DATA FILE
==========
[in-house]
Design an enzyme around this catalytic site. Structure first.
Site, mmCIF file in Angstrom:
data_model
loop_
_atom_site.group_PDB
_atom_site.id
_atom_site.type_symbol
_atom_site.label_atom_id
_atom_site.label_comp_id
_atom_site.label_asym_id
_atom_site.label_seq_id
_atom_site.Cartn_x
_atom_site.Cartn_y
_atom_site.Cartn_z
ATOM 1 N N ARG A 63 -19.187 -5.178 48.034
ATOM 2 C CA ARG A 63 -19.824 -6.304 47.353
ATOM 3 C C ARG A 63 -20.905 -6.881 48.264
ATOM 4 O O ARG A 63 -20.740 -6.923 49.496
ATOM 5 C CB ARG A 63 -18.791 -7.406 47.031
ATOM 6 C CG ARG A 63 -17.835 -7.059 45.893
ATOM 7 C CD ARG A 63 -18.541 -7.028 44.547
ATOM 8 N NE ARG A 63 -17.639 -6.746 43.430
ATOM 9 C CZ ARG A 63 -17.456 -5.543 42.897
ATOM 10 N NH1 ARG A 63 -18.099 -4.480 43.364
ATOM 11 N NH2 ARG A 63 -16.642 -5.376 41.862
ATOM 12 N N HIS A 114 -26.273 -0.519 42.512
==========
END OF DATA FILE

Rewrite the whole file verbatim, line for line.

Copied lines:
[in-house]
Design an enzyme around this catalytic site. Structure first.
Site, mmCIF file in Angstrom:
data_model
loop_
_atom_site.group_PDB
_atom_site.id
_atom_site.type_symbol
_atom_site.label_atom_id
_atom_site.label_comp_id
_atom_site.label_asym_id
_atom_site.label_seq_id
_atom_site.Cartn_x
_atom_site.Cartn_y
_atom_site.Cartn_z
ATOM 1 N N ARG A 63 -19.187 -5.178 48.034
ATOM 2 C CA ARG A 63 -19.824 -6.304 47.353
ATOM 3 C C ARG A 63 -20.905 -6.881 48.264
ATOM 4 O O ARG A 63 -20.740 -6.923 49.496
ATOM 5 C CB ARG A 63 -18.791 -7.406 47.031
ATOM 6 C CG ARG A 63 -17.835 -7.059 45.893
ATOM 7 C CD ARG A 63 -18.541 -7.028 44.547
ATOM 8 N NE ARG A 63 -17.639 -6.746 43.430
ATOM 9 C CZ ARG A 63 -17.456 -5.543 42.897
ATOM 10 N NH1 ARG A 63 -18.099 -4.480 43.364
ATOM 11 N NH2 ARG A 63 -16.642 -5.376 41.862
ATOM 12 N N HIS A 114 -26.273 -0.519 42.512